LET’S SEE THEM ALIENS: The Fermi Paradox & The Kardashev Scale

Aliens have been a part of science fiction for a very long time. You only need to look the success of Star Wars and Star Trek to see this. Both franchises suggest a galaxy teeming with alien life, from the cellular level to interstellar empires. Aliens that could be anything from a human with a bumpy forehead to a floating brain that can see through time. The infinite possibilities of an infinite universe suggest that there could genuinely be millions of alien races out there. Even if we haven’t met any yet, our fiction is full of them, and will likely be just as full of them for the foreseeable future.

But while they seem to be everywhere in the books I read, I’ve never been all that keen on aliens. While I love the cultural discovery angle they present, I prefer my SF on the harder end of the scale. Which is a real problem when it comes to English-speaking aliens that breathe our atmosphere. I’ve always wondered what a hard SF alien encounter could look like. Not so much in the near future, but in a more space operatic setting. What would the collision of two spacefaring species look like?

There are two aspects I’m looking at right now. The Fermi Paradox and the Kardashev Scale.

The Fermi Paradox is a fairly simple one, and not really a paradox at all. It asks a simple question: assuming Earth is not rare and there are thousands of aliens out there, why haven’t we met them yet. The two part answer is, as it so often with SF, space and time.

If the universe is infinite, then alien cultures are infinitely spread out. Even within our own Galaxy, empires could rise without ever coming across one another. Think how many undiscovered animals there are on Earth alone.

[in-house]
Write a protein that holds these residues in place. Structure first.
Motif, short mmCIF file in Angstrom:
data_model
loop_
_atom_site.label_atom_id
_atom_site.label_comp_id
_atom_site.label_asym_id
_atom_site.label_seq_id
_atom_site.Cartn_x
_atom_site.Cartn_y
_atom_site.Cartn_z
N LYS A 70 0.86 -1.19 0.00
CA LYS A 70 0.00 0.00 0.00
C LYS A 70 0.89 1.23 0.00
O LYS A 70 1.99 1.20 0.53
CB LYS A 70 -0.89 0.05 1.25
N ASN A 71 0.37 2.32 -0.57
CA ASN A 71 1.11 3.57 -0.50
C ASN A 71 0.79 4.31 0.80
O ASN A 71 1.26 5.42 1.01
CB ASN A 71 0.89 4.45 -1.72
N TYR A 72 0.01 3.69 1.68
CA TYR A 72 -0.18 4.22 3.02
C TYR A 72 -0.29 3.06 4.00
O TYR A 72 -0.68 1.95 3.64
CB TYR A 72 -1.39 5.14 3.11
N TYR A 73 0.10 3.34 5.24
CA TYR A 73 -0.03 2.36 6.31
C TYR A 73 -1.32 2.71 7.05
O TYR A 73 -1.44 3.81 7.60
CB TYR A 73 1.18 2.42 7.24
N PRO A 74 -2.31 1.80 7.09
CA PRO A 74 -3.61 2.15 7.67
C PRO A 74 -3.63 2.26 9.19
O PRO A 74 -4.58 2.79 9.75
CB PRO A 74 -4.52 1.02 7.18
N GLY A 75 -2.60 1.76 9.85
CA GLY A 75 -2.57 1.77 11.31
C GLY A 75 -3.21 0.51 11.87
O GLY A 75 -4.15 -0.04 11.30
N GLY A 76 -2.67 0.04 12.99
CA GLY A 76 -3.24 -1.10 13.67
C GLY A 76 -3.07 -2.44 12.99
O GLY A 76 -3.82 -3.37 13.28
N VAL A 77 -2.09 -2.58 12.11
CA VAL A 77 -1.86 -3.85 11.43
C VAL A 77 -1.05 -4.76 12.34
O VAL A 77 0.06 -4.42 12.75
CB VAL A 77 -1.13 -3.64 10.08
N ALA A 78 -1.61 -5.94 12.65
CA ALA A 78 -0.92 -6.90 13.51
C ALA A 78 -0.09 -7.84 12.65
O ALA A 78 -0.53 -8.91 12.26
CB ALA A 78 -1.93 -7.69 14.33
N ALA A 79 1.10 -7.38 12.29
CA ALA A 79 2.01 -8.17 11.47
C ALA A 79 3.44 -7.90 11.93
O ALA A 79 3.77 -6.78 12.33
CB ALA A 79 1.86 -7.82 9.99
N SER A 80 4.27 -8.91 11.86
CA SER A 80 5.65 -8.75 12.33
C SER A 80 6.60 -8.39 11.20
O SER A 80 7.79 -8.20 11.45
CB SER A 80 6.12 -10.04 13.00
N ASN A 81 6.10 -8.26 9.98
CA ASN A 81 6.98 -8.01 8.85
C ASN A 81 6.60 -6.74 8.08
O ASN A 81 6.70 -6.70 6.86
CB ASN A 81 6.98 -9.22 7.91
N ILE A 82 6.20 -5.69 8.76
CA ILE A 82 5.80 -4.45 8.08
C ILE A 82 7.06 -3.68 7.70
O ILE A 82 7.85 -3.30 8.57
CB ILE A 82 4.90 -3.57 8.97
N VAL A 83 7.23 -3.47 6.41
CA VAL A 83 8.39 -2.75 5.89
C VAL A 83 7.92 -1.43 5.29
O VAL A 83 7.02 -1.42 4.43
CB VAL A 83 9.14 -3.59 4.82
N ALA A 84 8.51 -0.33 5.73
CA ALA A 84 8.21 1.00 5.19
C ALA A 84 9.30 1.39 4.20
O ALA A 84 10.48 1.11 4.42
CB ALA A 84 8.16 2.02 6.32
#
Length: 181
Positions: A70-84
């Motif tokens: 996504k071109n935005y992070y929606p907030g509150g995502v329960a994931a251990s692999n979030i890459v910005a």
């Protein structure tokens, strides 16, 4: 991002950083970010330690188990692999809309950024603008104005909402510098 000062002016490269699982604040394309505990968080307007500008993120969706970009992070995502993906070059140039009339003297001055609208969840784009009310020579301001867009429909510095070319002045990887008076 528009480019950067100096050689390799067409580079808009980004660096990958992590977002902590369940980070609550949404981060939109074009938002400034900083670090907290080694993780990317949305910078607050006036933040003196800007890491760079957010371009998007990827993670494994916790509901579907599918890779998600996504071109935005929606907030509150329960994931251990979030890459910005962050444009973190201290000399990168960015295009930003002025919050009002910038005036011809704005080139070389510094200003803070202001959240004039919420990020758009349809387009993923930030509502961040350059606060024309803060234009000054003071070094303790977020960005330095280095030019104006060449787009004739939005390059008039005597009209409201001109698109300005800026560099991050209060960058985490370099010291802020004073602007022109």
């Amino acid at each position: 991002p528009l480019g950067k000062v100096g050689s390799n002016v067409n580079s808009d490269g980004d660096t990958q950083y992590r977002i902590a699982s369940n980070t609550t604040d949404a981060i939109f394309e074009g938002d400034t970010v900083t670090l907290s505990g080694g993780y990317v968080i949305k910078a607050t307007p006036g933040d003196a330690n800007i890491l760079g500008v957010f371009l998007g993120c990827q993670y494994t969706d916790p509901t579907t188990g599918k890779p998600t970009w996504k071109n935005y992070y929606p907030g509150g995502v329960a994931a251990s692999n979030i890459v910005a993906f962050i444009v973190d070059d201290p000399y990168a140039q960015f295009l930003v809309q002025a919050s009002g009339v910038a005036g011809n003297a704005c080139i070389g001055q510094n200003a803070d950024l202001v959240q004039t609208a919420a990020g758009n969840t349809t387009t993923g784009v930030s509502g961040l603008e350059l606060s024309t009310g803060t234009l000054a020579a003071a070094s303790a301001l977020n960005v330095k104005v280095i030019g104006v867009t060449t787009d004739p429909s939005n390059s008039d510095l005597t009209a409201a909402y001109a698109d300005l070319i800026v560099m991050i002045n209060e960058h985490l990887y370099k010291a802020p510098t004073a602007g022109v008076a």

But the universe is not only massive, it is also ancient. Even if two species rose to control millions of star systems, they could do so millions of years apart. In that gap any trace of said species could disappear.

So. The likelihood of humans ever meeting aliens is vanishing slim. But imagine we could? After all, imagination is what our genre does best. What sort of aliens might they be?

This is where the Kardashev Scale comes in. It measures, in a very rough way, how much energy a species can harness. Level 1 can harness their entire planet. Level 2 their local star. Level 3 an entire galaxy. For reference, humans are currently less than 1, though that is a matter of infrastructure as much as technology.

Clearly this scale is less than perfect. Harnessing energy does not necessarily equate to technological advances, nor does it say anything about society. But it’s a good benchmark.

Level 1 planets are the most likely, and can develop fairly quickly. But they’re also vulnerable to calamity. A single meteor or solar event could wipe out any trace.

Any truly spacefaring species would likely be level 2. This is where they travel beyond their own star system. The majority of SF deals with aliens of this type. Quite frankly, they’re the most interesting.

At level 3, aliens are essentially godlike. As well as making for boring fiction, they would probably be bad to encounter in real life. A species that powerful probably won’t care for the likes of us.

These are all just general thoughts. I’m no scientist, just a writer. But I think these things are worth bearing in mind when it comes to creating alien races. Certainly they are things I would like to see reflected in the books I read. And if I can’t read them, I guess I’ll have to write them.

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